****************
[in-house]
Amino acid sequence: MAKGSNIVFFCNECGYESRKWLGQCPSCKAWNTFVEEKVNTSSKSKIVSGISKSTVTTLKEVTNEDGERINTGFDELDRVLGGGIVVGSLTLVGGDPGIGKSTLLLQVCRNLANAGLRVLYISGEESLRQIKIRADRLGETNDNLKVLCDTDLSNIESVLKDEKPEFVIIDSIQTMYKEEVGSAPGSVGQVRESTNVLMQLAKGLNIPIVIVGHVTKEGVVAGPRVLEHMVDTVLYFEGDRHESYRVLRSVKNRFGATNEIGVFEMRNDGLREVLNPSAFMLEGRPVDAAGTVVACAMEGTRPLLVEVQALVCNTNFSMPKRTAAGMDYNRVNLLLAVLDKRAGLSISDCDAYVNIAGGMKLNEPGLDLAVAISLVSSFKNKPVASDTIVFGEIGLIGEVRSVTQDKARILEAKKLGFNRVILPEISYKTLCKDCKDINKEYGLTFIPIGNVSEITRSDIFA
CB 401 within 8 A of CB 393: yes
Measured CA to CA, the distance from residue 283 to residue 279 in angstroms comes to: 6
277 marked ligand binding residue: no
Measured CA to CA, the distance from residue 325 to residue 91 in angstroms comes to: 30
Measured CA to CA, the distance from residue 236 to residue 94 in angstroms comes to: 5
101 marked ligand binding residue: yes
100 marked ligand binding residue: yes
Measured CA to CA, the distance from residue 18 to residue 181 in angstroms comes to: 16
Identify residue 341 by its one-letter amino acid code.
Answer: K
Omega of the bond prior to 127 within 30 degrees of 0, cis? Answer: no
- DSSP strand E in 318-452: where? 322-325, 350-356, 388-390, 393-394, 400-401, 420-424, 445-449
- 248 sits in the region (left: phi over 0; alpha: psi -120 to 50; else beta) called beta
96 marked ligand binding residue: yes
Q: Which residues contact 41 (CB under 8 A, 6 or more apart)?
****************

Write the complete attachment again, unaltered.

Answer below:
[in-house]
Amino acid sequence: MAKGSNIVFFCNECGYESRKWLGQCPSCKAWNTFVEEKVNTSSKSKIVSGISKSTVTTLKEVTNEDGERINTGFDELDRVLGGGIVVGSLTLVGGDPGIGKSTLLLQVCRNLANAGLRVLYISGEESLRQIKIRADRLGETNDNLKVLCDTDLSNIESVLKDEKPEFVIIDSIQTMYKEEVGSAPGSVGQVRESTNVLMQLAKGLNIPIVIVGHVTKEGVVAGPRVLEHMVDTVLYFEGDRHESYRVLRSVKNRFGATNEIGVFEMRNDGLREVLNPSAFMLEGRPVDAAGTVVACAMEGTRPLLVEVQALVCNTNFSMPKRTAAGMDYNRVNLLLAVLDKRAGLSISDCDAYVNIAGGMKLNEPGLDLAVAISLVSSFKNKPVASDTIVFGEIGLIGEVRSVTQDKARILEAKKLGFNRVILPEISYKTLCKDCKDINKEYGLTFIPIGNVSEITRSDIFA
CB 401 within 8 A of CB 393: yes
Measured CA to CA, the distance from residue 283 to residue 279 in angstroms comes to: 6
277 marked ligand binding residue: no
Measured CA to CA, the distance from residue 325 to residue 91 in angstroms comes to: 30
Measured CA to CA, the distance from residue 236 to residue 94 in angstroms comes to: 5
101 marked ligand binding residue: yes
100 marked ligand binding residue: yes
Measured CA to CA, the distance from residue 18 to residue 181 in angstroms comes to: 16
Identify residue 341 by its one-letter amino acid code.
Answer: K
Omega of the bond prior to 127 within 30 degrees of 0, cis? Answer: no
- DSSP strand E in 318-452: where? 322-325, 350-356, 388-390, 393-394, 400-401, 420-424, 445-449
- 248 sits in the region (left: phi over 0; alpha: psi -120 to 50; else beta) called beta
96 marked ligand binding residue: yes
Q: Which residues contact 41 (CB under 8 A, 6 or more apart)?